These examples are instructive, because even though sexual orientation or gender identity may not be the only reason for the adverse employment action, if the adverse decision would not have been made but for the person’s LGBTQ status, the employer has violated Title VII, based on the express wording of the statute.
Applicability of Title VII and CADA
Colorado is one of several states that led the way in recognizing nondiscrimination protections in employment under the 2008 version of the Colorado Anti-Discrimination Act (“CADA”). With Bostock, federal government workers and individuals who work in states that had not yet specifically prohibited discrimination on the basis of sexual orientation and gender identity are now protected. In those states, LGBTQ workers facing discrimination may now bring complaints under Title VII to protect their jobs.
Title VII applies to any person with 15 or more employees and any agent of the person, including labor organizations, employment agencies, and U.S. companies operating oversees (for U.S. employees), unless complying with Title VII would violate foreign law. Some religious entities and private membership clubs are excluded. Employees, applicants, and U.S. citizens working abroad for U.S.-controlled companies are protected.
CADA applies to all employers except religious organizations or associations not supported by money raised from taxation or public borrowing. It covers employees and applicants, but expressly does not cover independent contractors (although the burden is on the employer to prove independent contractor status); unpaid volunteers; workers in domestic service; partners, officers, board members, shareholders, with some qualifications; elected officials; or religious ministers.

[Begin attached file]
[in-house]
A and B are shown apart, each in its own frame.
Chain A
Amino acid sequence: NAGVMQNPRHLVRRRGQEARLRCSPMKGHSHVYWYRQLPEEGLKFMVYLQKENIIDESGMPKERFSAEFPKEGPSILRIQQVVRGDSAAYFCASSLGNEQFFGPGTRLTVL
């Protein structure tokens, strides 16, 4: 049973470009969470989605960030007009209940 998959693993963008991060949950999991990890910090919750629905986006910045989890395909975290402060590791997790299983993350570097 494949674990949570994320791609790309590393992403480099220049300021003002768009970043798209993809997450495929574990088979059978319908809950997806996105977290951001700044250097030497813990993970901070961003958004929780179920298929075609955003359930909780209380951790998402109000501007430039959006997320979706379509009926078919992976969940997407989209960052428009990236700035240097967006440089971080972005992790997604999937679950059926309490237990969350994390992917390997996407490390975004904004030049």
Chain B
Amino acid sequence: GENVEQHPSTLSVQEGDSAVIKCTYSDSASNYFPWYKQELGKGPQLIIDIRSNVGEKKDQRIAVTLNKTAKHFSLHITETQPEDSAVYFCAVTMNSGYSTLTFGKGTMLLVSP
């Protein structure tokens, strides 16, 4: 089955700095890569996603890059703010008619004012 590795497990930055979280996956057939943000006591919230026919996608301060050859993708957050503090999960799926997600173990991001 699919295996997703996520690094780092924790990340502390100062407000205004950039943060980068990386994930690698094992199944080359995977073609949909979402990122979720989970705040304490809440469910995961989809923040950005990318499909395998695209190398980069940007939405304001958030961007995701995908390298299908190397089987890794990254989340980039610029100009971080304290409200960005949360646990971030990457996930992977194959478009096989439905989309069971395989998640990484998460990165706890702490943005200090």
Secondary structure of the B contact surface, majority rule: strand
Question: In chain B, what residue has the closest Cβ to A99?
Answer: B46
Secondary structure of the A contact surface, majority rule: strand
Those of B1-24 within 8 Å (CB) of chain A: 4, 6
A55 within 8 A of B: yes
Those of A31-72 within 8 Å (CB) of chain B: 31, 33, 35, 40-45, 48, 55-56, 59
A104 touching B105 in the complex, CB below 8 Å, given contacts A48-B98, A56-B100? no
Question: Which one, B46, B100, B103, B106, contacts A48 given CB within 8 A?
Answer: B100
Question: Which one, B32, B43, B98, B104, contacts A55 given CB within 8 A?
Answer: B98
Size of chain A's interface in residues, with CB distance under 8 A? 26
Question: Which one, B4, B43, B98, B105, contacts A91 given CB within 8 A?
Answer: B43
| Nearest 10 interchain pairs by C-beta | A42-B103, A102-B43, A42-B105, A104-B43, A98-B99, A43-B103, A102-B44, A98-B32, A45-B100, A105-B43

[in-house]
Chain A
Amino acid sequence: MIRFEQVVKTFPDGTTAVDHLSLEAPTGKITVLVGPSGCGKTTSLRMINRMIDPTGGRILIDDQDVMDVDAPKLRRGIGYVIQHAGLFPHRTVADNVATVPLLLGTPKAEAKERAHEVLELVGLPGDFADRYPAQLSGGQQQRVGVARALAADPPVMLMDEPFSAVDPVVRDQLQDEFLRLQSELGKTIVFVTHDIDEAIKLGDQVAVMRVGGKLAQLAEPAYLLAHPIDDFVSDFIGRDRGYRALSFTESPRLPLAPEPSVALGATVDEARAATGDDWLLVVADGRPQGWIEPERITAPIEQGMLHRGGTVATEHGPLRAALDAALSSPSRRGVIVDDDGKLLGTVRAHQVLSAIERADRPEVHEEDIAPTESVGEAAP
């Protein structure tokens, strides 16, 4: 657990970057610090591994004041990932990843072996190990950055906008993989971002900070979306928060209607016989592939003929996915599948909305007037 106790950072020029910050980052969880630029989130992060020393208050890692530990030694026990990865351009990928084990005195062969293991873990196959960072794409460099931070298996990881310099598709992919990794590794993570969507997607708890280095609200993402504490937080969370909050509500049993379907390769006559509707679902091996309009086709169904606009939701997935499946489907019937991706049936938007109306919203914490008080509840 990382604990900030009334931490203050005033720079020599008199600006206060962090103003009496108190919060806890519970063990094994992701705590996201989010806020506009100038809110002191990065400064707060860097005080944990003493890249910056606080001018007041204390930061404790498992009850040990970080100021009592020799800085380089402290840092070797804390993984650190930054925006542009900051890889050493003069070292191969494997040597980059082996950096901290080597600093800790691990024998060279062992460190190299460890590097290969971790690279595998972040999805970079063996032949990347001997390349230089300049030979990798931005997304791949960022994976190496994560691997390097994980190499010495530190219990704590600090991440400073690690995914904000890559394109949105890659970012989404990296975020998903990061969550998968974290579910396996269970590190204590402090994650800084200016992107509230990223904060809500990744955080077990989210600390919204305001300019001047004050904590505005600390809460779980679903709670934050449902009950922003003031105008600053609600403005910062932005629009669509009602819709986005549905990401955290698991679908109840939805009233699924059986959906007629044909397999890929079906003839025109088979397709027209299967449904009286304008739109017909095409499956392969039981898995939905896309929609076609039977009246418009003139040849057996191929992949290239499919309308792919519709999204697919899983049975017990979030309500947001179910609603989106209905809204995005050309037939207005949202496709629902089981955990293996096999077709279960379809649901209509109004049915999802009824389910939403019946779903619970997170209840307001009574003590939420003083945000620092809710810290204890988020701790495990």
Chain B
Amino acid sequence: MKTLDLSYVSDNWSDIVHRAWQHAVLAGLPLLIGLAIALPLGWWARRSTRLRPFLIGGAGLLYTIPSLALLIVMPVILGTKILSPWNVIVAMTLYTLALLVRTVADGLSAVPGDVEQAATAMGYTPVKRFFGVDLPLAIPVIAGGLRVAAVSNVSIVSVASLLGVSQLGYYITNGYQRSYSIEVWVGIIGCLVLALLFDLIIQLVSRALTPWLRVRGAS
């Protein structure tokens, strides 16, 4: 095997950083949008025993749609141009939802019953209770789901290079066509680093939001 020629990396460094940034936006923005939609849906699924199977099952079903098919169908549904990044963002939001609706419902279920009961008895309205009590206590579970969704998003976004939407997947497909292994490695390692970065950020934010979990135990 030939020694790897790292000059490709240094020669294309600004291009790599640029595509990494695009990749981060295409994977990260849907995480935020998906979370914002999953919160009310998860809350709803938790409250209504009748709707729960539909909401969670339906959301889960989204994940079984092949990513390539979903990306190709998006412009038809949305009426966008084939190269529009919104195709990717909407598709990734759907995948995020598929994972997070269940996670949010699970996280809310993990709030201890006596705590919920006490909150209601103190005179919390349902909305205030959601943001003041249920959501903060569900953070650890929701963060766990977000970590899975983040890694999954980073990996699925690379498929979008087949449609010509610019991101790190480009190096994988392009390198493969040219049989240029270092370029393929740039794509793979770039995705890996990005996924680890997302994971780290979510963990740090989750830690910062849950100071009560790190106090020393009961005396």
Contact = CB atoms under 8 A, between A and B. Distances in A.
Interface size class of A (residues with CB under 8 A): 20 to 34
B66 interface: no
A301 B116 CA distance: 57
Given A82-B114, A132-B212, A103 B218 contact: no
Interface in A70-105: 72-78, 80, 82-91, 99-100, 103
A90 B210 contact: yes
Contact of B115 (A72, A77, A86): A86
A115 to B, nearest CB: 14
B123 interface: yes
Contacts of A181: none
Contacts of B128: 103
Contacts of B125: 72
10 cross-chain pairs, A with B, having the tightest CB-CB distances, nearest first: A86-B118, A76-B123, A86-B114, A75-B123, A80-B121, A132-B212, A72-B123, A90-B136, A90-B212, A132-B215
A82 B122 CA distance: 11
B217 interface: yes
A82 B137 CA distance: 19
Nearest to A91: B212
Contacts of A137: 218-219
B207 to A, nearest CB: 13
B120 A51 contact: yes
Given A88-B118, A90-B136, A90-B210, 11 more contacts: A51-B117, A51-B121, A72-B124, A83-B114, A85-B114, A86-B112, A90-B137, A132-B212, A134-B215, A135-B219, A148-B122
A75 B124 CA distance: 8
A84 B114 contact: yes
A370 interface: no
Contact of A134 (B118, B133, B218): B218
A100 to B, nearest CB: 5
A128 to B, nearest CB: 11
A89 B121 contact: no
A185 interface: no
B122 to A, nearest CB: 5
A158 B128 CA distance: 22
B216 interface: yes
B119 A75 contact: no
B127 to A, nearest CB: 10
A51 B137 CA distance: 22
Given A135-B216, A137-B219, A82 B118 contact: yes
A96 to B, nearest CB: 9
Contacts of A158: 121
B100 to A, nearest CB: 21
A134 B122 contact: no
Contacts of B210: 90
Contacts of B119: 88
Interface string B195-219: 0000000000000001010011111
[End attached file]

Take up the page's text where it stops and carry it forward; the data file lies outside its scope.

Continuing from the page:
Prohibited Conduct under Title VII and CADA
Both Title VII and CADA prohibit a broad range of discriminatory conduct, including:
- failure to hire;
- demotion or failure to promote;
- discriminatory compensation;
- harassment and the failure to prevent or eliminate it;
- discriminatory terms and conditions of employment;
- discriminatory classification or segregation of employees or applicants;
- discriminatory preferences in job posting or advertisements;
There is no individual liability under Title VII; however, under CADA, individuals may be liable for violations if they aided, abetted, compelled or coerced a discriminatory or unfair labor practice; obstructed or prevented any person from complying with the provisions of CADA; or attempted to commit any act defined as a discriminatory or unfair employment practice.
Both laws include a variety of remedies: equitable relief (such as injunctive relief and reinstatement), as well as damages, including back pay, front pay, compensatory damages (for pain, suffering, inconvenience, mental anguish, and loss of enjoyment of life) and punitive damages (up to statutory caps), plus interest, attorney’s fees and costs.
Juli E. Lapin
For information or counseling about employment law matters, contact any of the members of our Employment Law Practice Group – Daniel Block, Kimberly Bruetsch, Juli Lapin, or Michelle Magruder